Termites: repairing pest damage in the winter

Posted by Woodrow Aames ~ February 8, 2011

There are winter home improvement projects that take into consideration the down-time many contractors experience through the winter months. That means hardly any lag time between when homeowners make appointment calls and when the work gets done. It can be especially prudent to schedule routine, but absolutely necessary, home maintenance projects, even if the money is tight. The money is tight everywhere, which means some contractors may give you a good rate in the winter.

Yahoo Finance suggests this may be a good time to have a termite inspection, even if the weather is cold and the insects are in hibernation. Cold weather doesn't stop the hungry pest. One out of 15 homes in Chicago-where it's pretty darn cold right now-is infested with termites, according to U.S. Inspect.

Detect, eliminate and repair

A termite inspection typically takes less than an hour to complete. Even though you may not expect termites to go as high as the attic, inspectors look here, too. The pests love dry wood and are willing to travel to get it. The North Carolina Cooperative Extension reports that more than $2 billion is spent annually in America battling termites. Having annual inspections should be a permanent part of your overall home maintenance routine.

If you currently don't have a contract, you may want to bring in several contractors for an inspection and have them bid on the work and offer their best proposals to you for review. Even if there's a problem, a few days here and there as you go over the details won't really affect the outcome.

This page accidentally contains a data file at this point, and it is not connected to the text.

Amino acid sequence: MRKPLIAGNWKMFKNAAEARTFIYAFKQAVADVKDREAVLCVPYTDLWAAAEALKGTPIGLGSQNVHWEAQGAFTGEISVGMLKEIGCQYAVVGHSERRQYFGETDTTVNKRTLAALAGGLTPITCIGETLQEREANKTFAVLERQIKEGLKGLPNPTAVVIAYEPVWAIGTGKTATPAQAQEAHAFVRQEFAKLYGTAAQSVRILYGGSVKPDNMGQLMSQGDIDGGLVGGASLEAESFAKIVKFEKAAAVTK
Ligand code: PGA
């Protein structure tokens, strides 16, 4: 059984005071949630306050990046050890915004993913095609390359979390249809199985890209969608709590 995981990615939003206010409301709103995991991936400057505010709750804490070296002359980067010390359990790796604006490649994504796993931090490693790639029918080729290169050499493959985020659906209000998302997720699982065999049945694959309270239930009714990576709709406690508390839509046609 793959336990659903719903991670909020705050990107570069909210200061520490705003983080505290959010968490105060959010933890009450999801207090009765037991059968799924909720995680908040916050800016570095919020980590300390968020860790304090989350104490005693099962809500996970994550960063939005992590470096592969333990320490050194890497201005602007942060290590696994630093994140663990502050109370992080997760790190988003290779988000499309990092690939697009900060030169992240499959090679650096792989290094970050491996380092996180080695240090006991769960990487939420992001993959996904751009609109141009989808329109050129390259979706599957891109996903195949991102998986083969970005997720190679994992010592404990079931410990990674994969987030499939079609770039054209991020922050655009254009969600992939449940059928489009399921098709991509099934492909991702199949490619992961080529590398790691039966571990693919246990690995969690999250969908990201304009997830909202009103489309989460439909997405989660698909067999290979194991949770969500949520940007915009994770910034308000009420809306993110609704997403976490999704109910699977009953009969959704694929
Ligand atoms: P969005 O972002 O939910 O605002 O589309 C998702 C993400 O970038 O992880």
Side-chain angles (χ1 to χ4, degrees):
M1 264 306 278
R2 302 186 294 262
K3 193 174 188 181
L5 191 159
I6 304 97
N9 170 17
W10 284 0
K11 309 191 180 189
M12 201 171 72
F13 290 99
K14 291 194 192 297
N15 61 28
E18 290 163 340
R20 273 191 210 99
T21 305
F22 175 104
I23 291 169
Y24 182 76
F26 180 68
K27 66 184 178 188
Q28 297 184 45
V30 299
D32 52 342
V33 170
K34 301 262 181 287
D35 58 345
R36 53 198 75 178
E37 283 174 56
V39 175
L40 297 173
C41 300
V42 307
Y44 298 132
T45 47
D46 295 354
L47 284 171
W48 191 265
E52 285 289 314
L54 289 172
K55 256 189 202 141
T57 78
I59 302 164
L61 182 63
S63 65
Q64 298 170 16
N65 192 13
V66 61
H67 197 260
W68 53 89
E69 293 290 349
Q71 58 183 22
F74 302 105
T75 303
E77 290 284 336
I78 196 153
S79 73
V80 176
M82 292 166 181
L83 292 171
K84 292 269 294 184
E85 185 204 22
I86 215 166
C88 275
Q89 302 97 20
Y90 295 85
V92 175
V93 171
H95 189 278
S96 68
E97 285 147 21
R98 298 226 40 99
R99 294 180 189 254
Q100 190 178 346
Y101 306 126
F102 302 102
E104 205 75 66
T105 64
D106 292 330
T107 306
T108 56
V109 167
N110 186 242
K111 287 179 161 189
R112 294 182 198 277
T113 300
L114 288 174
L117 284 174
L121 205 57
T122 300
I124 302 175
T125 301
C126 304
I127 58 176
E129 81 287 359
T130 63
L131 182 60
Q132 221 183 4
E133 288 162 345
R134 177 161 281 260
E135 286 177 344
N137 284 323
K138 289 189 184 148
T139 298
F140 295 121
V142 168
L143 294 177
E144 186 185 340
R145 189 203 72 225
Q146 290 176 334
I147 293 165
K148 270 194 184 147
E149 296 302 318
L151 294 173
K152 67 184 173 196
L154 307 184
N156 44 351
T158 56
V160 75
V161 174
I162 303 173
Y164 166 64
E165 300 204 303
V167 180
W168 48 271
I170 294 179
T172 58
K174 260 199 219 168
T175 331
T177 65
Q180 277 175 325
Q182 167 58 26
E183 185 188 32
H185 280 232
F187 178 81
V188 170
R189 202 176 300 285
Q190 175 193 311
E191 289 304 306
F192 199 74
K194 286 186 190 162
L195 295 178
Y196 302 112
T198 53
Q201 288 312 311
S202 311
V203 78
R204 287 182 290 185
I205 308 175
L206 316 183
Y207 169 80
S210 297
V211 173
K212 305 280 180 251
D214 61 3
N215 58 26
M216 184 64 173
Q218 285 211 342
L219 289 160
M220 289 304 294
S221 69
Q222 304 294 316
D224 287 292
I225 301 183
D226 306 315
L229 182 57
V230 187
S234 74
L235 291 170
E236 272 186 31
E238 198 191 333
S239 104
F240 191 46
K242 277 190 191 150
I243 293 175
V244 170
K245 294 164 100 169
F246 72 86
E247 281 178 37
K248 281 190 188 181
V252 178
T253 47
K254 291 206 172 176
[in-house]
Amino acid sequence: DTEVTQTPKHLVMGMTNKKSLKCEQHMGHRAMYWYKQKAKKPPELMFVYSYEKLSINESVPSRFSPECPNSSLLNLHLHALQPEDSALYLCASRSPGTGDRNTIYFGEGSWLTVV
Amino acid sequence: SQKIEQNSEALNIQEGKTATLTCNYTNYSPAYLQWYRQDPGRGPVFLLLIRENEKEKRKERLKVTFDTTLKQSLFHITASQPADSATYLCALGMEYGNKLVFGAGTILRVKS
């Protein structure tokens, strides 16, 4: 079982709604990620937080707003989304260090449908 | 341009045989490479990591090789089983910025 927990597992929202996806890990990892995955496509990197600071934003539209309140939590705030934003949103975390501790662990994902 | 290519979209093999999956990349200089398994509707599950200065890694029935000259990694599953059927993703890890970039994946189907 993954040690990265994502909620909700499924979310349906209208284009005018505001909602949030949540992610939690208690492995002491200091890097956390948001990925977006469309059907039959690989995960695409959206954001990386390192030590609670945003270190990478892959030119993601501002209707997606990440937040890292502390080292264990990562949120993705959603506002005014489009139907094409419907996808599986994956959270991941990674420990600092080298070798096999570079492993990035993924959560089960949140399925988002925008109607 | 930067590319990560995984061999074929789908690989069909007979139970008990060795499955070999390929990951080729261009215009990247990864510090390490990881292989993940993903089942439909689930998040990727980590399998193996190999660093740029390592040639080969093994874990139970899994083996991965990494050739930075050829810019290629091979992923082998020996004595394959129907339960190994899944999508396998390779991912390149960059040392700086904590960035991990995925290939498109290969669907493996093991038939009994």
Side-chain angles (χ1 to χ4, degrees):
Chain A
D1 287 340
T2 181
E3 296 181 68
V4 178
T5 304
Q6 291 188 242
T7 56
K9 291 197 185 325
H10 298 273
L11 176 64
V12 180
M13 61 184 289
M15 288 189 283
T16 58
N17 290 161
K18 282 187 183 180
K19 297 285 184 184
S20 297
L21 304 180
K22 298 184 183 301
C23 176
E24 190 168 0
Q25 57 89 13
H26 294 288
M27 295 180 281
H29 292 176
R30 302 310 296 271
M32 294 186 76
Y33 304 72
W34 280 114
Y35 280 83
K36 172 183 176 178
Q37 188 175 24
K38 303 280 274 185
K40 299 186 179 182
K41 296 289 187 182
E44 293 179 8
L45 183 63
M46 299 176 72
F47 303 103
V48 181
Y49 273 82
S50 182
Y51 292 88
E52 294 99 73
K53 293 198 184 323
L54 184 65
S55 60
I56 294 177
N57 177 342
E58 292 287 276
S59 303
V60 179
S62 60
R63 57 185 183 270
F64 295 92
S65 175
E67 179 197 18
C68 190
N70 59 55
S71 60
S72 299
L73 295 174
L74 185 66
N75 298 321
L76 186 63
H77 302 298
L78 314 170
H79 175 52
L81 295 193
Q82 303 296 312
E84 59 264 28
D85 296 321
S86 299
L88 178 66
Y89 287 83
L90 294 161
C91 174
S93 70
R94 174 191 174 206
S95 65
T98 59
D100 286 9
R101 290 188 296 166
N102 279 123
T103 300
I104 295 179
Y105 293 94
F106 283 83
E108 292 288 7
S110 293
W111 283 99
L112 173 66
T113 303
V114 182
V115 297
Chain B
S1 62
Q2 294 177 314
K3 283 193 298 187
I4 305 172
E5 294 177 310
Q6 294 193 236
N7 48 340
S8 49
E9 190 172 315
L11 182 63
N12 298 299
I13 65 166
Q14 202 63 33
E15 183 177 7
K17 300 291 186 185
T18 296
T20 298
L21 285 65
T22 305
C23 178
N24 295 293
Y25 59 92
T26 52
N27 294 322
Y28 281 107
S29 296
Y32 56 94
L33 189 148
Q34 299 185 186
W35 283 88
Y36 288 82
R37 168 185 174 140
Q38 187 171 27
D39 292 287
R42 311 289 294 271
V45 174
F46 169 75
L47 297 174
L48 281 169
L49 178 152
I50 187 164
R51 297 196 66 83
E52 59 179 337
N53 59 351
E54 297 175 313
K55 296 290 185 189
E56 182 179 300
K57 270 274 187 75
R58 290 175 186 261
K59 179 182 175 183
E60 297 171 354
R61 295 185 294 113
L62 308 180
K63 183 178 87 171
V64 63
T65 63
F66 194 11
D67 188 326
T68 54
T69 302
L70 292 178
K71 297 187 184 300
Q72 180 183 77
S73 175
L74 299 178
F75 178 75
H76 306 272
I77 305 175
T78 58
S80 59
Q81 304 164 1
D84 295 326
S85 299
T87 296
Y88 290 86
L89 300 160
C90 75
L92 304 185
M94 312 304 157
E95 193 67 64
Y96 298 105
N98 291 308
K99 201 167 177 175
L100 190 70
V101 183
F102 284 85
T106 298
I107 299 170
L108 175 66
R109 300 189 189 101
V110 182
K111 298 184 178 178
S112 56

Evidence of termites

Termites, unlike ants, don't like to wander around in the open air. You can see direct evidence of their activities if you find mud tubes or tunnels on foundations and floor joists on the lowest part of the home. Sometimes, they appear in the ceilings of other floors, but these are "secondary tubes" typically built where there are moisture problems that allow entry to interior wood. If you find wood in your home soft enough to penetrate easily with a screwdriver or it sounds hollow when you tap on it, you may have trouble.

If you end up with a positive infestation after the inspection is made, ask about the extent of infestation and damage, what it will take to repair it, what kind of treatment is indicated to eradicate the insects and, of course, how much it will all cost. Even if you don't plan on putting your home on the market, you want to get the problem eliminated as soon as possible

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